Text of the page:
The Tortoise sets the pace
Sedgefield is situated in the Western Cape, South Africa.
Sedgefield, the secret gem of the popular Garden Route, is Africa’s first ‘Slow Town” affiliated to the founding organization, Italy’s Cittaslow. Evolving from the new concept, “conservation without boundaries”, the quaint town now falls within the Garden Route National Park. It is also a stone’s throw from other coastal towns along the Garden Route such as Knysna, Wilderness and George offering any holiday maker an abundance of activities.
In Sedgefield, visitors cannot help but, slow down to the speed of nature. Laze on the long stretches of golden beach, picnic next to the lagoon, go Bass fishing at Goenvlei Lake, enjoy a nature walk and explore the back roads and passes. For the more energetic visitor there is an abundance of watersport from waterskiing, sailing, windsurfing, canoeing or take to the skies and try your hand at paragliding or bungee jumping! There are no Shopping Malls, just Saturday Markets that provide ample entertainment for the whole family.
All types of accommodation is available from timeshare, B & B’s, Guest Lodges, backpackers’ accommodation plus camping and caravan sites in the area.
Places to Visit
Things to do and see
- Timberlake Village
- Goukamma Nature Reserve
- Swimming & Fishing at Swartvlei Lake
- Bushpig Hiking Trail
- Scarab Village Craft Market
- Wild Oats Farmers Market
- Greike’s Point
- Cloud 9 Lookout
- Sedge Links Golf Course
Summer months, November to March will have average temperatures of between 15˚C and 28˚C with high rainfall in March and October.
Winter months, May to August will have average temperatures of between 7˚C and 21˚C with the lowest rainfall in June.
March/April – Sedgefield Slow Festival: Held over the Easter weekend, the town comes alive with competitions, fashion shows, markets, boat races, Miss Sedgefield beauty pageant and plenty of food and entertainment.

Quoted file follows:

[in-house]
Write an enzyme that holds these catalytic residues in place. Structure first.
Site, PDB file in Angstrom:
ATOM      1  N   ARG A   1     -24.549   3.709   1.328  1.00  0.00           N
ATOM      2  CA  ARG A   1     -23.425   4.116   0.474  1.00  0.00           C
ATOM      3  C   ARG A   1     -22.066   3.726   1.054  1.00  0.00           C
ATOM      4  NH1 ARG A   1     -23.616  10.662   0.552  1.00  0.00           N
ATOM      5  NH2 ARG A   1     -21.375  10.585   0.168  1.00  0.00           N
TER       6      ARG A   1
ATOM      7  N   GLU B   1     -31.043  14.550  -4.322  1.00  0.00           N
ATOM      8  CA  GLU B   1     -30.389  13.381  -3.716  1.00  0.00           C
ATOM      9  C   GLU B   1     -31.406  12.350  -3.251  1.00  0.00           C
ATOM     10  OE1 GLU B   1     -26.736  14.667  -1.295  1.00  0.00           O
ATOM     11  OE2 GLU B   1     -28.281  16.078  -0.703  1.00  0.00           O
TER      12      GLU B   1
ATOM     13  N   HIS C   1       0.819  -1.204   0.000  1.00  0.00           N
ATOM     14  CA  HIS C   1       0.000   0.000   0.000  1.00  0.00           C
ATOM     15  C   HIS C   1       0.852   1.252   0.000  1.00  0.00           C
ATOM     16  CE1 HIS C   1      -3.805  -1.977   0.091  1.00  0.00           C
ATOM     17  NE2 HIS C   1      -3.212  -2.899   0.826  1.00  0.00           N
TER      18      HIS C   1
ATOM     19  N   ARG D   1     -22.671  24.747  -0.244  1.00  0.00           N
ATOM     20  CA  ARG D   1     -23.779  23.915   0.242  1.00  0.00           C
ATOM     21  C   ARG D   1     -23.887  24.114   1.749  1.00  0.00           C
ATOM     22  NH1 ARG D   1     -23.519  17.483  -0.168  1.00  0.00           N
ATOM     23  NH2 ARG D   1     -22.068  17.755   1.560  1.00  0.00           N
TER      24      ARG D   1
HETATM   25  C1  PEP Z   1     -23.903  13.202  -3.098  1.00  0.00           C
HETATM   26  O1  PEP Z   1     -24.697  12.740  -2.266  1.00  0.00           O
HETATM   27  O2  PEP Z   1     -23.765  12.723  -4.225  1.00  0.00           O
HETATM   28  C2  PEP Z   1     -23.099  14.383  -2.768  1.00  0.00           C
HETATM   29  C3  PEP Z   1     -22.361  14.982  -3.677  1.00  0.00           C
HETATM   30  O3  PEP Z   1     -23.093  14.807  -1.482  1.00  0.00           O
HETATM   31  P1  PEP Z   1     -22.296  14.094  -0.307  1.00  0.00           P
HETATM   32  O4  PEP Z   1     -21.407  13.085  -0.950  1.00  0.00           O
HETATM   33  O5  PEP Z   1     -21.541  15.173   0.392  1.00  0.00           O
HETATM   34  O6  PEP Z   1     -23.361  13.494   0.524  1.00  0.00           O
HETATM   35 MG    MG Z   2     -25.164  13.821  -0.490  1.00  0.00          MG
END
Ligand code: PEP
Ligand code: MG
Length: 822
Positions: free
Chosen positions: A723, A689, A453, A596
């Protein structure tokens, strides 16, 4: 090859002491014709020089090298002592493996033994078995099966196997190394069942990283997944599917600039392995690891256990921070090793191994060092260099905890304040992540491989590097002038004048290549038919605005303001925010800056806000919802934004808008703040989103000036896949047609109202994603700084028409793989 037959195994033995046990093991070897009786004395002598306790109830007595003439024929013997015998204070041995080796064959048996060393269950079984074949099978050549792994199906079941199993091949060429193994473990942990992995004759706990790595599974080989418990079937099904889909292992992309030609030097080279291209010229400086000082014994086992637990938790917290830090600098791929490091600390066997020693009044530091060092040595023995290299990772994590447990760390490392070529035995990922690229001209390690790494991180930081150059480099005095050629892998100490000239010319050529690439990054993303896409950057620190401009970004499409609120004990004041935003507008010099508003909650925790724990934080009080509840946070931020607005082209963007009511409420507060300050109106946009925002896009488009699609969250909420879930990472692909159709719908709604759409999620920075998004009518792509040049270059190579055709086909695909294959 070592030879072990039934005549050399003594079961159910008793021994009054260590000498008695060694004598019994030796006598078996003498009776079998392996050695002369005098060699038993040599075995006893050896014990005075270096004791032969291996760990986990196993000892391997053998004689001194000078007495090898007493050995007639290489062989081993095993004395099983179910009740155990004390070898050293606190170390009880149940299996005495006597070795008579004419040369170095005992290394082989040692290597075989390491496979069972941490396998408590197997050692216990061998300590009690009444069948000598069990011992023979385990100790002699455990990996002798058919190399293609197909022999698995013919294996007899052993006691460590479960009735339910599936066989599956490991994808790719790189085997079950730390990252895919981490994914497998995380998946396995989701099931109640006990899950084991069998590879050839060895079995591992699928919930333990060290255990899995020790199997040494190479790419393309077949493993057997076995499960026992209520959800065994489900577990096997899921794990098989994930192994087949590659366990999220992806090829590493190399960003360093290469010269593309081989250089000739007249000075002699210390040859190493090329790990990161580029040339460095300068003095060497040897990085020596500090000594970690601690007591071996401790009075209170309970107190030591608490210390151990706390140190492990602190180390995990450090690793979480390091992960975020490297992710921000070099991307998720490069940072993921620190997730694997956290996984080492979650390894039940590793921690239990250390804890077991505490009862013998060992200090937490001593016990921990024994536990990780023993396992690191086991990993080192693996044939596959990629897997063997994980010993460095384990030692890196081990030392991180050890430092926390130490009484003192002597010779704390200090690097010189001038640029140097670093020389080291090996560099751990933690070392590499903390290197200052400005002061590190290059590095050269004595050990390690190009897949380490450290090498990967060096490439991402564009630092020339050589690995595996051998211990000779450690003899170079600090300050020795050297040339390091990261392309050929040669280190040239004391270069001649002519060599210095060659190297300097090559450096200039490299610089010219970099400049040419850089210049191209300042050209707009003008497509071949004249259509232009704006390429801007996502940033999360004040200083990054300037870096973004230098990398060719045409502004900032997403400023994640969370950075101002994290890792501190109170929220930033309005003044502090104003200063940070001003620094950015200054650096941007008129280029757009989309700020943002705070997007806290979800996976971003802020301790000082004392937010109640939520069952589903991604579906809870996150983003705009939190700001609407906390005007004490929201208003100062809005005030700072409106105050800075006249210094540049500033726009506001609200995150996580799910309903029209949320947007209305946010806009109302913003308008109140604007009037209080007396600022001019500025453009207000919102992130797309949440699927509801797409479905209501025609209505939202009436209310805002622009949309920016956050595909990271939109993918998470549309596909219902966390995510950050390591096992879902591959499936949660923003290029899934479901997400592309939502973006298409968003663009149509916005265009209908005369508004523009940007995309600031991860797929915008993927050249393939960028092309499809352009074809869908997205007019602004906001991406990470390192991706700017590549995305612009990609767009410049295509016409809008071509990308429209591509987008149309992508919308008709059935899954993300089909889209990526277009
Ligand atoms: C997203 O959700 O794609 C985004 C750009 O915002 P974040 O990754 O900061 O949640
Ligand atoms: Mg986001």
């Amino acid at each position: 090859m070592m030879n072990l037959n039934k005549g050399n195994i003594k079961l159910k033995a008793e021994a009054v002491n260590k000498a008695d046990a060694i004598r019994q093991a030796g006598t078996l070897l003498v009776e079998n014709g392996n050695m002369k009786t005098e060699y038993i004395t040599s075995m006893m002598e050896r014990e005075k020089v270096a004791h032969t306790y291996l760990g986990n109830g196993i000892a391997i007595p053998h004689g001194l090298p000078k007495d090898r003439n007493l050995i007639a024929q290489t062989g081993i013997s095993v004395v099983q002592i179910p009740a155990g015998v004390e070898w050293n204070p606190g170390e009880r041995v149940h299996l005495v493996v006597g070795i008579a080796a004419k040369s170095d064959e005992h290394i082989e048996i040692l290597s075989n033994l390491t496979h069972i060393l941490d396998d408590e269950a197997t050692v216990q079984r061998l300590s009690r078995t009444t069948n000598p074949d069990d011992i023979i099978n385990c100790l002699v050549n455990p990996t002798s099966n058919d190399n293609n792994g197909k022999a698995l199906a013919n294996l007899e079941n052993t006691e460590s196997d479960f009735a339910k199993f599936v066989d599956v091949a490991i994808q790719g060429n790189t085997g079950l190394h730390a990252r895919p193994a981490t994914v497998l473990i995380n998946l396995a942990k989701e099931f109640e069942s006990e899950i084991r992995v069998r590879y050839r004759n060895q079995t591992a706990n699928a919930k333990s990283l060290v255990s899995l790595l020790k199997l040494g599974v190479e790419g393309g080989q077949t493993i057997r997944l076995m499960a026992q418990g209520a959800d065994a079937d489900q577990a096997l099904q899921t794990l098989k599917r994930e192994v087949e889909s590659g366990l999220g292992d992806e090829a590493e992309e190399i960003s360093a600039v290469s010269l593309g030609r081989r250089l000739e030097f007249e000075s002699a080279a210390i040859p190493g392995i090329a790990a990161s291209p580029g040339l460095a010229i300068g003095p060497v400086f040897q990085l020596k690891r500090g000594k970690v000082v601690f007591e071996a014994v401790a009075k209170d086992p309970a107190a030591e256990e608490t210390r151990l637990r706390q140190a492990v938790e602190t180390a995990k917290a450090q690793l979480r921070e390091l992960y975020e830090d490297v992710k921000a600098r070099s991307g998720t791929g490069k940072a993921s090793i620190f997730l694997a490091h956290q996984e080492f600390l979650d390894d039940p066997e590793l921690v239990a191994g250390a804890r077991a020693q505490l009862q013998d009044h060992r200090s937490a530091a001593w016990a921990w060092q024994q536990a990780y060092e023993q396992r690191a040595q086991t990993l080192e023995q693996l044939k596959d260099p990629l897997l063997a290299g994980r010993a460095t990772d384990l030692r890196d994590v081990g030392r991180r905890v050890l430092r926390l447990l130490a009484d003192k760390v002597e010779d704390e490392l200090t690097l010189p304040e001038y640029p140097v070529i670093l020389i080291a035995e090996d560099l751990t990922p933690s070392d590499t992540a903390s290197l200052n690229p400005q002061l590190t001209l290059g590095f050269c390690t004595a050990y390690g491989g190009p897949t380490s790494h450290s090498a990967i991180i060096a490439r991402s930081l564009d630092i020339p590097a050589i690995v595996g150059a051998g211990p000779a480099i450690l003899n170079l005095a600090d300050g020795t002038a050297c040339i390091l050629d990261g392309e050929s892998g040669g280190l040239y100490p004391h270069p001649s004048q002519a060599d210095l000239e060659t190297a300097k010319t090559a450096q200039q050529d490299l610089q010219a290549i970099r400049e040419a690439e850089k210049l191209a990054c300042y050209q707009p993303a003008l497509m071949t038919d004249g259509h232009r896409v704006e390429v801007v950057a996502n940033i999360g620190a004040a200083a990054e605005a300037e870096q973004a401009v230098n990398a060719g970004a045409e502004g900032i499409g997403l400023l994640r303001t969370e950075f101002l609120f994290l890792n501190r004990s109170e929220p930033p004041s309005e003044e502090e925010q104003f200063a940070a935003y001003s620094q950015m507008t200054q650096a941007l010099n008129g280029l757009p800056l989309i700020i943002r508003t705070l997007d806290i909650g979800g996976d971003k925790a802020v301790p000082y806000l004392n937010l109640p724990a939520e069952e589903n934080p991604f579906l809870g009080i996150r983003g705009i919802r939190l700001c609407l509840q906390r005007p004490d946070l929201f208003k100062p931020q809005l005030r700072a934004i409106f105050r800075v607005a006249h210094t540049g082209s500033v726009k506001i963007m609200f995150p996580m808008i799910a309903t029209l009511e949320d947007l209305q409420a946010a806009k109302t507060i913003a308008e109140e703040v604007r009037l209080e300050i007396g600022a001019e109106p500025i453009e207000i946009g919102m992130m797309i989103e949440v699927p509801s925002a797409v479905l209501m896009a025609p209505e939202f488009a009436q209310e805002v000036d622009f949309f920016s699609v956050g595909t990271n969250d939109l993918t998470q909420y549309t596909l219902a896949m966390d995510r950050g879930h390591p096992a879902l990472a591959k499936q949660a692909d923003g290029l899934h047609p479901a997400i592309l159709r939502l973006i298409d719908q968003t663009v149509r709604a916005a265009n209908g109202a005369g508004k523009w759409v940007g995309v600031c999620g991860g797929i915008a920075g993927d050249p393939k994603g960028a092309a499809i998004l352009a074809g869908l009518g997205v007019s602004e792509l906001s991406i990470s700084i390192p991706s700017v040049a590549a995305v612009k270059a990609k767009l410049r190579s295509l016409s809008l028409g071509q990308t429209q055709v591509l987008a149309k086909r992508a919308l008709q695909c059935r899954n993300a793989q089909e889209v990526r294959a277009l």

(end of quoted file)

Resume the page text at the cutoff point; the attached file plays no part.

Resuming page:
The area of Sedgefield was first part of a farm called Ruigtevlei, owned by a former soldier named Johan Meeding. He was one of the first Conservators of the forests between 1778 and 1811. After he and his wife’s death the farm was sold off into Lots and Lot A & B would in time become Sedgefield.
The history of the town did come to be without complications and the two Lots of land passed hands a few times. In 1926 the lands of Lot A and B were offered to Thomas Moodie by the then owners Salmon Terblans. Unfortunately while Moodie was laying out the plans for Sedgefield Township the Terblans defaulted on the bond, the Thesen family who were the main bond holders reclaimed the land. The Thesens sold the dormant land to Blanckenberg Watney in 1948, his company’s name was Sedgefield Investments (Pty) Ltd and a few years after his death in 1952, his wife Elaine took over the administration of the Township.
Sedgefield had already been proclaimed a town in 1929 and was being managed by a Divisional Council of George. It was in 1956 that a Village Management Board was created. The town, with only one garage and a shop or two, grew literally by word of mouth – locals told friends who told family who started coming for holidays and buying small plots and building small cottages, happy to rough it for the pleasure of enjoying the breathtaking scenery.
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